Leipzig (Lipsiae), Edita in Officina Valentini Papae, 1556. 8vo. (XVI,368) p. Modern hardback. 16.5 cm (Ref: VD16 C 485; cf. Brunet 1,1513, he mentions only the edition of Leipzig 1572) (Details: Modern and modest binding; the second and last gathering of the introduction, 8 leaves, is missing; this last half of the introduction is added in photocopy. Some woodcut inititals) (Condition: Paper on the boards very superficially damaged. The second and third leaf of the first gathering are loose, the remaining leaves of this first gathering are loosening; the last gathering of the introduction is missing) (Note: The German classical scholar Joachim Camerarius was born in 1500 in Bamberg. He died in Leipzig in 1574. He held classical professorships at Nürnberg, Tübingen and Leipzig, and was one of the most significant representatives of Renaissance humanism in the Reformation. His interests were diverse and his productivity spectacular. 'His numerous editions of the Classics, without attaining the highest rank, are characterised by acumen en good taste'. In critical acumen Camerarius 'holds one of the foremost places among the German scholars of the sixteenth century'. (J.E. Sandys, 'A history of classical scholarship', N.Y., 1964, p. 266/67) He also wrote poetry, produced biographies of famous contemporaries, and wrote on church history, theology and paedagogy. His wrote his works for academic students, explaining matters of style, rhetoric and grammar. 'Der Ehrenplatz in seinem Werk gebührt seiner erstmal in 1552 in Basel gedruckten vollständigen Edition der plautinischen Komödien, welche in der Geschichte der neuzeitlichen Plautus-Philologie eine neue Phase inaugurierte'. (Neue Pauly, Suppl. 6, p. 195). In this 'Notatio figurarum orationis' we see Camerarius at work, this time on the 'Letters of the Apostles', which form a part of the 'New Testament'. Here he gives special attention to rhetorical and stylistic explanations of the text. In 1572 Camerarius published in Leipzig an augmented and revised edition. He added his 'notationes' on the remaining books of the 'New Testament', the 'Acts of the Apostles' and the 'Apocalyps'. The book seems to be rare. We found only a few copies in Germany, Austria and England in KVK) (Collation: Aa-8, (Lacking Bb8), A - Z-8) (Photographs on request)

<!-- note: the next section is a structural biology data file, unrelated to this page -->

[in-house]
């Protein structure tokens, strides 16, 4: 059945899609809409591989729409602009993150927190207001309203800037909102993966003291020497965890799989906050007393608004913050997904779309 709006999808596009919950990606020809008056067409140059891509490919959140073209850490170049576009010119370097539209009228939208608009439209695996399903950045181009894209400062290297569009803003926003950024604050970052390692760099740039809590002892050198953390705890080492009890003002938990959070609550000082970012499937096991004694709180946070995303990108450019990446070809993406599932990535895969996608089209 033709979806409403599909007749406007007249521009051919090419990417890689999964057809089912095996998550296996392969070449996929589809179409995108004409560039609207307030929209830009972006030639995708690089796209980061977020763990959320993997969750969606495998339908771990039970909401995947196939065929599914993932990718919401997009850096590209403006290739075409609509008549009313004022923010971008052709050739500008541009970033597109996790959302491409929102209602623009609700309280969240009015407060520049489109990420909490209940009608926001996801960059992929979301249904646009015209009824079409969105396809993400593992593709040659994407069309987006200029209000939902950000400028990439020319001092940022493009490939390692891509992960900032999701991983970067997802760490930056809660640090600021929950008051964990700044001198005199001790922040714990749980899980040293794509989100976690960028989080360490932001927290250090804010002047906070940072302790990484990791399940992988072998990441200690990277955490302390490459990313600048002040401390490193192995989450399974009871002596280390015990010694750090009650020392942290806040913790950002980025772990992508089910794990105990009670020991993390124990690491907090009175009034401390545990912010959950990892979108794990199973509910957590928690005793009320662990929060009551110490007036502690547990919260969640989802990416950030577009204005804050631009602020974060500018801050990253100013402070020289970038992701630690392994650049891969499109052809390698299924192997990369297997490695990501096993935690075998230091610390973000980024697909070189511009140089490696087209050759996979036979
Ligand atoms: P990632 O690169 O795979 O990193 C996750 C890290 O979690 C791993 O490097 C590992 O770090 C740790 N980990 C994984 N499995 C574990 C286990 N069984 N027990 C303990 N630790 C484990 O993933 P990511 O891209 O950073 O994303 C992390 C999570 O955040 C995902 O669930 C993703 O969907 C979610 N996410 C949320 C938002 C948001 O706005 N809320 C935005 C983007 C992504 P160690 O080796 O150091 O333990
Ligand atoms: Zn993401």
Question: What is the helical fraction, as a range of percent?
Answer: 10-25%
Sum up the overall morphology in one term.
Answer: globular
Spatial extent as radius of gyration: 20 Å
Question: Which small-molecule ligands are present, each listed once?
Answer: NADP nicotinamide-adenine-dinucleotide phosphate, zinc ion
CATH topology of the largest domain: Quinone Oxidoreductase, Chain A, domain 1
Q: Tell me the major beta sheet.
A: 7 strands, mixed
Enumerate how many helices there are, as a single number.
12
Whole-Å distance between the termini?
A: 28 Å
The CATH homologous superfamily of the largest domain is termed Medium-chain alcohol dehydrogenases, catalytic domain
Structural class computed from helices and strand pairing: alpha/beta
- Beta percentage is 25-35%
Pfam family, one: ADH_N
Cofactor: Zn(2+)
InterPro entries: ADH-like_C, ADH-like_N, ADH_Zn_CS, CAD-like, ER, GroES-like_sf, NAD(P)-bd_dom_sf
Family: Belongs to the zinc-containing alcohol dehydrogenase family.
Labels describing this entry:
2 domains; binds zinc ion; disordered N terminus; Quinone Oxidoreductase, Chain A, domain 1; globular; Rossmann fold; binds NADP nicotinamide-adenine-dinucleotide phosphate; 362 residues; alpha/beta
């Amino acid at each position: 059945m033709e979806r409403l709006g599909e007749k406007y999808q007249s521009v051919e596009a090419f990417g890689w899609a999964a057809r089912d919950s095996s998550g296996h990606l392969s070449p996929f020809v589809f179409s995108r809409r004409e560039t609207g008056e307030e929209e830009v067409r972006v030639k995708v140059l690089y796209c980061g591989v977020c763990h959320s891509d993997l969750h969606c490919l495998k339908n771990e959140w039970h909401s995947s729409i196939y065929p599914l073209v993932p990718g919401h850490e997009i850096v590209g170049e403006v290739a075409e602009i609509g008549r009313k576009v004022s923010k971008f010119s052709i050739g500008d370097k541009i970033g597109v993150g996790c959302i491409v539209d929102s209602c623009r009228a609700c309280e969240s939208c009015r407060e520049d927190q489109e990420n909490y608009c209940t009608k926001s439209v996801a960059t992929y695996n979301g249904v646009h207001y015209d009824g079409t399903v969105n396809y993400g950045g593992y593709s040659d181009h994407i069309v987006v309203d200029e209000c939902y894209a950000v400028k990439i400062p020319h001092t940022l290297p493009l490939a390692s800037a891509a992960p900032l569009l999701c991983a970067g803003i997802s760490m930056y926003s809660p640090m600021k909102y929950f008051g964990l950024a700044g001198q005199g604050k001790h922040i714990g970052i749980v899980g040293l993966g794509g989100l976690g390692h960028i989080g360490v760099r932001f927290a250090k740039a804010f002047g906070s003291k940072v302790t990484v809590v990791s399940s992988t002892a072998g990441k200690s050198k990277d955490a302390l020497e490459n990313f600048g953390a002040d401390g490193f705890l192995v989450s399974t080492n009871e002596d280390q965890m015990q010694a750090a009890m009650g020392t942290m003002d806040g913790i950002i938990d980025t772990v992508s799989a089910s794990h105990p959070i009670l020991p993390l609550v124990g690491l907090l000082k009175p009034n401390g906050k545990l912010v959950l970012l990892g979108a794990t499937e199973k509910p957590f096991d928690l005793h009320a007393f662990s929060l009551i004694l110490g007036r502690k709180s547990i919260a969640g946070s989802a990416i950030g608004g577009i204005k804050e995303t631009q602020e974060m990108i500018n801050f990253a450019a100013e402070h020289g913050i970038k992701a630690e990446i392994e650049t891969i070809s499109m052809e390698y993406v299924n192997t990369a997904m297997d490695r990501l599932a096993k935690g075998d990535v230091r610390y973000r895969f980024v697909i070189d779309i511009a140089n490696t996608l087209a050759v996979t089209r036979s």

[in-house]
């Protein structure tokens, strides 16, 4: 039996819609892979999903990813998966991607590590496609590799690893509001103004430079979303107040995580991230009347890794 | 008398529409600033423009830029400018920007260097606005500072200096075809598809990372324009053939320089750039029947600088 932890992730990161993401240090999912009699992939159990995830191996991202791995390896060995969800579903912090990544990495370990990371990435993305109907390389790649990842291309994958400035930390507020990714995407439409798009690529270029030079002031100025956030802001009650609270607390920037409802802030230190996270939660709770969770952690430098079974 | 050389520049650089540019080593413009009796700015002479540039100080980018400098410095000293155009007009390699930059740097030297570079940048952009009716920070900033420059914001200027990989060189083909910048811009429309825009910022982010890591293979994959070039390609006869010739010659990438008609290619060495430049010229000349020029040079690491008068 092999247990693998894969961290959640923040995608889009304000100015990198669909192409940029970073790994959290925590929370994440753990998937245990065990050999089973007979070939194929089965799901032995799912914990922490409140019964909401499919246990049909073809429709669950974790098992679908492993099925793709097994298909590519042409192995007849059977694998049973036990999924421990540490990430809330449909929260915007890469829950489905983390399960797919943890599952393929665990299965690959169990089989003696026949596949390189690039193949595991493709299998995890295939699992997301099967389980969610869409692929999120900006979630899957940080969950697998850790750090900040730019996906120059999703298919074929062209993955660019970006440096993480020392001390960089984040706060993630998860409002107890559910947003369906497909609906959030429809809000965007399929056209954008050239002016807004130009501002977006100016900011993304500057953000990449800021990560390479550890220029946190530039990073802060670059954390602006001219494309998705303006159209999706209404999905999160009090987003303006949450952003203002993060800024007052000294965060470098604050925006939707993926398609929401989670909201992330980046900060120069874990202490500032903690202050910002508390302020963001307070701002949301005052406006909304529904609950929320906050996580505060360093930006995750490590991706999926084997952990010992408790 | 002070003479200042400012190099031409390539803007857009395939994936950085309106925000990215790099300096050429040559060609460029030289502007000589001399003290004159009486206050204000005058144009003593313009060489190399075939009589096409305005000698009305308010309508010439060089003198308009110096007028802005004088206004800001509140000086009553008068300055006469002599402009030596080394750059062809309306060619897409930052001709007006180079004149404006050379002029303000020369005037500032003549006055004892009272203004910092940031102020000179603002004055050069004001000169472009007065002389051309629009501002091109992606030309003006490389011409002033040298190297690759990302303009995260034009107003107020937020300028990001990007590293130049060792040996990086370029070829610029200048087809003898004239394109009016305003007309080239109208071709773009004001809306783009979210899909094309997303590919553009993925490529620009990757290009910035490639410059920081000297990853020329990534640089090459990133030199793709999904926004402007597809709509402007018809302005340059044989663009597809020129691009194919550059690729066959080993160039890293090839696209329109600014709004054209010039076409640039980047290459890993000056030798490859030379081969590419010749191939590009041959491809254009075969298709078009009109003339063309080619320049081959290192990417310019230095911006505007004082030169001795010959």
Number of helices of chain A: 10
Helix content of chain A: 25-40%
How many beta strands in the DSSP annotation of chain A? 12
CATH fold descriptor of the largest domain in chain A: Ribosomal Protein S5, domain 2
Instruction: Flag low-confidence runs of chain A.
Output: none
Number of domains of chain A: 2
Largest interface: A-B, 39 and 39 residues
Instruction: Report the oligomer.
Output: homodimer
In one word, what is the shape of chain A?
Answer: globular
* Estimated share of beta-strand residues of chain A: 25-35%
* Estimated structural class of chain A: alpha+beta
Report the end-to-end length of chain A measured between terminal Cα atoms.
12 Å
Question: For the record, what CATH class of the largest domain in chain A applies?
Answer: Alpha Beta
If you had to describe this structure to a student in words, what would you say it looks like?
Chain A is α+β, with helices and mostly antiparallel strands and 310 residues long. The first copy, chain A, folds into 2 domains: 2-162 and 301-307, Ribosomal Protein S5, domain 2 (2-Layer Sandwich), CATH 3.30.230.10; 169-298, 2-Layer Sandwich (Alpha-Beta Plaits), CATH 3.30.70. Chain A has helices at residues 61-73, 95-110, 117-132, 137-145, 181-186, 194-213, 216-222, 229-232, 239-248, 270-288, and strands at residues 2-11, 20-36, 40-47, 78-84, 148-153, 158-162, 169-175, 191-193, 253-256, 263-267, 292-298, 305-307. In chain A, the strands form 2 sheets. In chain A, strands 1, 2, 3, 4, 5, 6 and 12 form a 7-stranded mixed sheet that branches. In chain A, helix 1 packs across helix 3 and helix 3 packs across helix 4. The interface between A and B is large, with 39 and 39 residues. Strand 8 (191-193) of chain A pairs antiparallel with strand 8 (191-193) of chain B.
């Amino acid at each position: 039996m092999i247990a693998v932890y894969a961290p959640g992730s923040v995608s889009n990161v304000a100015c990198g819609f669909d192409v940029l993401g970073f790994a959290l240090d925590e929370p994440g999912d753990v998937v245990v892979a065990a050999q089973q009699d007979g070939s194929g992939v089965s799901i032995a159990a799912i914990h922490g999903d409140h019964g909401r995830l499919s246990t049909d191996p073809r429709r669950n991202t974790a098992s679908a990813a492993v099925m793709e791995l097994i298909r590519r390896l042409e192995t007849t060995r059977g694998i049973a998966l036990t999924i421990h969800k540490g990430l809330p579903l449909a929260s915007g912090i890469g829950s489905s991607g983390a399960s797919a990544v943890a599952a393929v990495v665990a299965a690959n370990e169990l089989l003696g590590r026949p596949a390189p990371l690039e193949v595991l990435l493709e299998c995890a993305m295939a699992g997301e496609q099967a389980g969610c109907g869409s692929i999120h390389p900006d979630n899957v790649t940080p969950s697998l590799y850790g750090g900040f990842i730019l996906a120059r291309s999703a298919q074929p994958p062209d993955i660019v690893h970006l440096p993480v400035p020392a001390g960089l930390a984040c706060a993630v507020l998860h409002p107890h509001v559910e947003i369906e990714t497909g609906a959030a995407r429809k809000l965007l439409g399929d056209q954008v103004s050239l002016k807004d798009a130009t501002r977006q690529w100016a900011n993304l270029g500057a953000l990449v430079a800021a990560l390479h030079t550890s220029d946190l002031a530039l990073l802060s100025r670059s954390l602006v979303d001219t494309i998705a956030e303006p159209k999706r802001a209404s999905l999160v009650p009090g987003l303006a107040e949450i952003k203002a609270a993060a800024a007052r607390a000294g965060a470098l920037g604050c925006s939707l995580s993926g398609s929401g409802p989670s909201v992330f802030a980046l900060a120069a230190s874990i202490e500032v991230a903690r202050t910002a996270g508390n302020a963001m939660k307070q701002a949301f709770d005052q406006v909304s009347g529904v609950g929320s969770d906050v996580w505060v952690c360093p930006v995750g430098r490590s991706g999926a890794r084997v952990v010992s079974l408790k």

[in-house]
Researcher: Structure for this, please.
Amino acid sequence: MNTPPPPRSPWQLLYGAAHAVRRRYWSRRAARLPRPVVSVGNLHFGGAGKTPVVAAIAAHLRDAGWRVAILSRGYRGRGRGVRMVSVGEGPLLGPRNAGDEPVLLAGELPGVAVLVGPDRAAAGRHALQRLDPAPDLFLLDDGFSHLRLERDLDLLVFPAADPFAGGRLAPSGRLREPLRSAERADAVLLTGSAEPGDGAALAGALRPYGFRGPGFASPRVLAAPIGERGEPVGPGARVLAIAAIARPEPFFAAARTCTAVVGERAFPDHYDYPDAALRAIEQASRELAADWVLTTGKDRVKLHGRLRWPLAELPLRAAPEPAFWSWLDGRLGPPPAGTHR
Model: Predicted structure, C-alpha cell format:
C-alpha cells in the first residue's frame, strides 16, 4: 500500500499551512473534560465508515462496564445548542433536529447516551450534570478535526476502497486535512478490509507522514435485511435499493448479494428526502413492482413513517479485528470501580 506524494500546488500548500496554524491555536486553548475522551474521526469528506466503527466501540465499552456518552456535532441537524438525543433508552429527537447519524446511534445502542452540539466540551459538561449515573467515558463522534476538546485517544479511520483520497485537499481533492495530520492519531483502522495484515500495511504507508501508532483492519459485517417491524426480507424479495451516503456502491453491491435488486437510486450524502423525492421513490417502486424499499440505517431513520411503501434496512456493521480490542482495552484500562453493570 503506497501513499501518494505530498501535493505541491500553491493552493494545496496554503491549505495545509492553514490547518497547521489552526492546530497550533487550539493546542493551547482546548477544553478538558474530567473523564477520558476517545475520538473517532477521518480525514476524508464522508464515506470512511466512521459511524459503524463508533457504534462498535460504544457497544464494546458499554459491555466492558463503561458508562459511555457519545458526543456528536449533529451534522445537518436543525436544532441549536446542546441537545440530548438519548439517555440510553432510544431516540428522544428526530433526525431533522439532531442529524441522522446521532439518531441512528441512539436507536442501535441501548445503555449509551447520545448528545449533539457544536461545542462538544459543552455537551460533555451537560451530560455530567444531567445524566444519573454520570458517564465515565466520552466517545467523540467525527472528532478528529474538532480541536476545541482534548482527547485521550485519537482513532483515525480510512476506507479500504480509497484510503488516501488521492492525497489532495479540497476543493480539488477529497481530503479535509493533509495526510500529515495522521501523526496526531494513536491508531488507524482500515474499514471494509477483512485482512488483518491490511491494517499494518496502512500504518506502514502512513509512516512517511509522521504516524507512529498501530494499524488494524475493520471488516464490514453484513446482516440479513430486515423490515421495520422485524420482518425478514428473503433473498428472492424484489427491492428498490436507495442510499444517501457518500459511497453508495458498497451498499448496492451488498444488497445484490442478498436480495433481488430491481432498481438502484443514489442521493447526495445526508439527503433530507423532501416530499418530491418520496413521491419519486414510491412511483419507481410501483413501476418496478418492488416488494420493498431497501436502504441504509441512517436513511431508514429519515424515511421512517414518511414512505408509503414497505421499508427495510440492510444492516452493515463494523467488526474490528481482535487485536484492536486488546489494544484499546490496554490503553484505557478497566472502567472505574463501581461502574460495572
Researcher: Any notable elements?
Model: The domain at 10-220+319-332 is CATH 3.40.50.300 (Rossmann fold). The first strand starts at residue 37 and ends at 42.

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        OVIDII NASONIS METAMORPHOSEON LIBRI QVINDECIM, Donati argumentis compendiarijs, et adnotationibus marginalibus D. Gyberti Longolij illustrati. Accesserunt ... Henrici Glareani adnotationes ...

      Köln, Fabricius 1556. 6 (von 8) Bll., 521 S., 35 Bll. Holzdeckelband d. Zt. mit blindgepr. Schweinslederbezug über 3 Bünde. (Einband stärker berieben, Rückseite mit Lederfehlstelle, beide Schliessen fehlen, eingangs mit Unterstreichungen und Marginalien von alter Hand, fl. Vorsatz vorn und Titelseite fehlen, im ersten Drittel zum Falz hin teilw. mit Flecken, restlicher Buchblock ordentlich).

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        Zwölf Bücher vom Berg- und Hüttenwesen, sowie sein Buch von den Lebewesen unter Tage. (Rückentitel: Georgius Agricola. De Re Metallica).